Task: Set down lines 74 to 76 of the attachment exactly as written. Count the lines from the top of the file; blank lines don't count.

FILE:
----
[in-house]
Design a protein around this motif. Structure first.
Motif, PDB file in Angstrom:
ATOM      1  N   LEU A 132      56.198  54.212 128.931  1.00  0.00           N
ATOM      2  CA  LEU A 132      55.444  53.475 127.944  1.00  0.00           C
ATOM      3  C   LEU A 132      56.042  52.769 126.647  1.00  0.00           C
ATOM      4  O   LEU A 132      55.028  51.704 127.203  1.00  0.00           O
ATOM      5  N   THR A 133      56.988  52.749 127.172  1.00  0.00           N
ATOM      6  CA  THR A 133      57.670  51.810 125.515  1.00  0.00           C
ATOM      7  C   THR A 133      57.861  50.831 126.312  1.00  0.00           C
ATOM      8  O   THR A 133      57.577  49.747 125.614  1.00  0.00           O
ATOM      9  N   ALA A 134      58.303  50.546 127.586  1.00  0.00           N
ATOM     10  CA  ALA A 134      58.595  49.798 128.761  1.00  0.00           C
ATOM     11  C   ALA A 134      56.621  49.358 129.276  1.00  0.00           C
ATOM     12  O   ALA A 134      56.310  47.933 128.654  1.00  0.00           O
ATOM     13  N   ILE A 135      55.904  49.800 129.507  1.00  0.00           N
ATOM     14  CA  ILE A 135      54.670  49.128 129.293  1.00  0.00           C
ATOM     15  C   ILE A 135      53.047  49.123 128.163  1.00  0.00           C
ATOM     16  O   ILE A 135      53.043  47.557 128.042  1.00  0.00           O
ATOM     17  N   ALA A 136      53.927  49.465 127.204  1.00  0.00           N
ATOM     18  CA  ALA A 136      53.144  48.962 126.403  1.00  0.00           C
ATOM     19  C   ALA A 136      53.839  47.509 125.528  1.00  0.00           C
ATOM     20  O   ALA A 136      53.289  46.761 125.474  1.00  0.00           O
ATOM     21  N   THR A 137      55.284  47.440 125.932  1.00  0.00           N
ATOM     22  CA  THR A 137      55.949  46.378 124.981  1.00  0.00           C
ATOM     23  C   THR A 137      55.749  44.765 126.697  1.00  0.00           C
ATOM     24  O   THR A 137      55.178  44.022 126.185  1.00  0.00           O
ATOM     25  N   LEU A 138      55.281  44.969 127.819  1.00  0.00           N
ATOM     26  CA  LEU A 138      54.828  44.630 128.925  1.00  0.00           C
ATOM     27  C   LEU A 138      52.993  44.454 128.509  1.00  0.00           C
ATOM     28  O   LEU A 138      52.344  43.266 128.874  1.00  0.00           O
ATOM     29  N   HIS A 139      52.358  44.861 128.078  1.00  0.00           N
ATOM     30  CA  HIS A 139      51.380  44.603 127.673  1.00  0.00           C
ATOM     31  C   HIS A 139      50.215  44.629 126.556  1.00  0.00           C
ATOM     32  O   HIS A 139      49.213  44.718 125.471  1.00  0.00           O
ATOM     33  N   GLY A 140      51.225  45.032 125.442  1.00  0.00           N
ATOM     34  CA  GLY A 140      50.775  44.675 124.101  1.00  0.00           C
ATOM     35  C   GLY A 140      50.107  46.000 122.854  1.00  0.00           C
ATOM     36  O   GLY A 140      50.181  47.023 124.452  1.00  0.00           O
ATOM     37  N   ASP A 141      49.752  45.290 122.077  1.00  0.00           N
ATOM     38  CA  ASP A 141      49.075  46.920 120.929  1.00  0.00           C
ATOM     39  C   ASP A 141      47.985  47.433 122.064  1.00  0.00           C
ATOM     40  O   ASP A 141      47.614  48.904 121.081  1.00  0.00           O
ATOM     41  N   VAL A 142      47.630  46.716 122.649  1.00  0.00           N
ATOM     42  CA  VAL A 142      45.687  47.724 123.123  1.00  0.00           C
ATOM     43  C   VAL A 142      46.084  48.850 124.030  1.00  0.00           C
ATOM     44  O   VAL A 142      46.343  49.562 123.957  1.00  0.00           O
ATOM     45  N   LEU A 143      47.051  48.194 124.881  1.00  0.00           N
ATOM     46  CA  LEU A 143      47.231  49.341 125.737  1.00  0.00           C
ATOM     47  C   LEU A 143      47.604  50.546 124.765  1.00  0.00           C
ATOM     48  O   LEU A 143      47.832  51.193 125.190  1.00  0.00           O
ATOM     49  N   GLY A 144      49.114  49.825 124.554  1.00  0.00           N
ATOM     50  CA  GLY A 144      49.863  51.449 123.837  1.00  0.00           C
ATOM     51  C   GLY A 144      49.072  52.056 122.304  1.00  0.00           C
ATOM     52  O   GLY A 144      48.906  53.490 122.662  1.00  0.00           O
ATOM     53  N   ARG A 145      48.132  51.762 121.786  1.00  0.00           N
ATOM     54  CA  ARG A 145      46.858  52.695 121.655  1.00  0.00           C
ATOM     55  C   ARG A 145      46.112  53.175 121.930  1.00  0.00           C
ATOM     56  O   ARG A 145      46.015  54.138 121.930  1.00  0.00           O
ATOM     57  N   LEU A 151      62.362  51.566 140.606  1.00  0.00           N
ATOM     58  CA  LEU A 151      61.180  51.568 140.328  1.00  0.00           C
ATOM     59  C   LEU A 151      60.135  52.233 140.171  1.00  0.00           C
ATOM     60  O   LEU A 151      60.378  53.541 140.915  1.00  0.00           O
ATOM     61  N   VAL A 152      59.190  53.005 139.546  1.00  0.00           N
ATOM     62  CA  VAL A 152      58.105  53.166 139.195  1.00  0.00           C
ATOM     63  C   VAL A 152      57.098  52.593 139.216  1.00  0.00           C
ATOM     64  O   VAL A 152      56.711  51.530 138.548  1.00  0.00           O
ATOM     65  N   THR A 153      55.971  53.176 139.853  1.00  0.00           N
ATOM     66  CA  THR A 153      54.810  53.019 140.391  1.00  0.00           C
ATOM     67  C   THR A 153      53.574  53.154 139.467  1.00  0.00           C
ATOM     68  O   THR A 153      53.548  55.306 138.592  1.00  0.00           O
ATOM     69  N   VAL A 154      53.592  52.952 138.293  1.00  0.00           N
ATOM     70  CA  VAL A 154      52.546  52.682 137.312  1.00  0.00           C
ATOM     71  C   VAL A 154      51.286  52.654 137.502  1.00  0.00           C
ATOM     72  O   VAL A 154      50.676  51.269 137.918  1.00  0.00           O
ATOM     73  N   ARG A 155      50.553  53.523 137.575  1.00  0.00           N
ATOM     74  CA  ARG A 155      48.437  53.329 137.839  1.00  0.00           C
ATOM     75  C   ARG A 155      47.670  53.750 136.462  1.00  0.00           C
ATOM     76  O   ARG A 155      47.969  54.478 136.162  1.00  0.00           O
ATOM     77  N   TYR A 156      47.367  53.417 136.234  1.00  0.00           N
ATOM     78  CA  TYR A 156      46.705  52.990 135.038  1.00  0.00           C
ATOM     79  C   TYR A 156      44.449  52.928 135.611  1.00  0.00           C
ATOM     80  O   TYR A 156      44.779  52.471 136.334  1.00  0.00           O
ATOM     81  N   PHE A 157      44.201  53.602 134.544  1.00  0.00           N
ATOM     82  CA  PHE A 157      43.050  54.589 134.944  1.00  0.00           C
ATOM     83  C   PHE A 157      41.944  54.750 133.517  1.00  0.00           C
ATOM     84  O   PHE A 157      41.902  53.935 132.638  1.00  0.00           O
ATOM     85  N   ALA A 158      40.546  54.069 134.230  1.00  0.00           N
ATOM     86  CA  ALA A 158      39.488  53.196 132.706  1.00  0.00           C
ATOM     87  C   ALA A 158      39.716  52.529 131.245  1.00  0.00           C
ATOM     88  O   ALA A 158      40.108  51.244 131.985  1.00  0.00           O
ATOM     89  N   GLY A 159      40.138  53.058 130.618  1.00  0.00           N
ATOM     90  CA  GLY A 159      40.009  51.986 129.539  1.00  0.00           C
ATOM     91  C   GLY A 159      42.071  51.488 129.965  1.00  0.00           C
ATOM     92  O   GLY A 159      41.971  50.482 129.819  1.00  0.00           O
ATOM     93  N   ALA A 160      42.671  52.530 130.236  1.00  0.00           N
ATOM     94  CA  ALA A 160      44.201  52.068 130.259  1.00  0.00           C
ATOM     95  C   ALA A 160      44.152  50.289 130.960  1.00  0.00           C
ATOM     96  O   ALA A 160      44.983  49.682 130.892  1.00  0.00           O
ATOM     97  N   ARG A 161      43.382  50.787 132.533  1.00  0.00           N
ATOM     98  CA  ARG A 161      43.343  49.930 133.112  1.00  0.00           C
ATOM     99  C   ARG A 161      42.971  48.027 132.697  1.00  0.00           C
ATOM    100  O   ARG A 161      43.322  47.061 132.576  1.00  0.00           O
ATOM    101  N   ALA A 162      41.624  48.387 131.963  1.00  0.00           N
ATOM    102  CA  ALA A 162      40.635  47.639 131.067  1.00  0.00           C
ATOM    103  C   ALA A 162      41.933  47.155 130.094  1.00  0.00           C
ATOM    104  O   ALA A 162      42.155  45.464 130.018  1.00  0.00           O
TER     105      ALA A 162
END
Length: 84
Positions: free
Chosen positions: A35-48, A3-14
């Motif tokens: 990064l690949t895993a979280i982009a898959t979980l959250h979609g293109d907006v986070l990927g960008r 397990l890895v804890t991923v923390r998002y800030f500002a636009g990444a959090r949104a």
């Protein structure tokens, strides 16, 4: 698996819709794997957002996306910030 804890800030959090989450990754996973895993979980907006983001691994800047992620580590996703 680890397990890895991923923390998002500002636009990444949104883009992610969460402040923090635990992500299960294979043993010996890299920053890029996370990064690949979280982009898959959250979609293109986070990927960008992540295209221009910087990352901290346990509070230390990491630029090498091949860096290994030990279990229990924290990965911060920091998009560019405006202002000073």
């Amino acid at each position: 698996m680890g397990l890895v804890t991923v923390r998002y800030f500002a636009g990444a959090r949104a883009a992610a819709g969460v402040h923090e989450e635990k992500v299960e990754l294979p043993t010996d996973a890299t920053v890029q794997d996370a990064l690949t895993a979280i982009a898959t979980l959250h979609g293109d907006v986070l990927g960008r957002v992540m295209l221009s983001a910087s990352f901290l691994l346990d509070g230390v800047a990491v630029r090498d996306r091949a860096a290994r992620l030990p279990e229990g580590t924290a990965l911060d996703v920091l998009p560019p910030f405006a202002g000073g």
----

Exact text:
ATOM     71  C   VAL A 154      51.286  52.654 137.502  1.00  0.00           C
ATOM     72  O   VAL A 154      50.676  51.269 137.918  1.00  0.00           O
ATOM     73  N   ARG A 155      50.553  53.523 137.575  1.00  0.00           N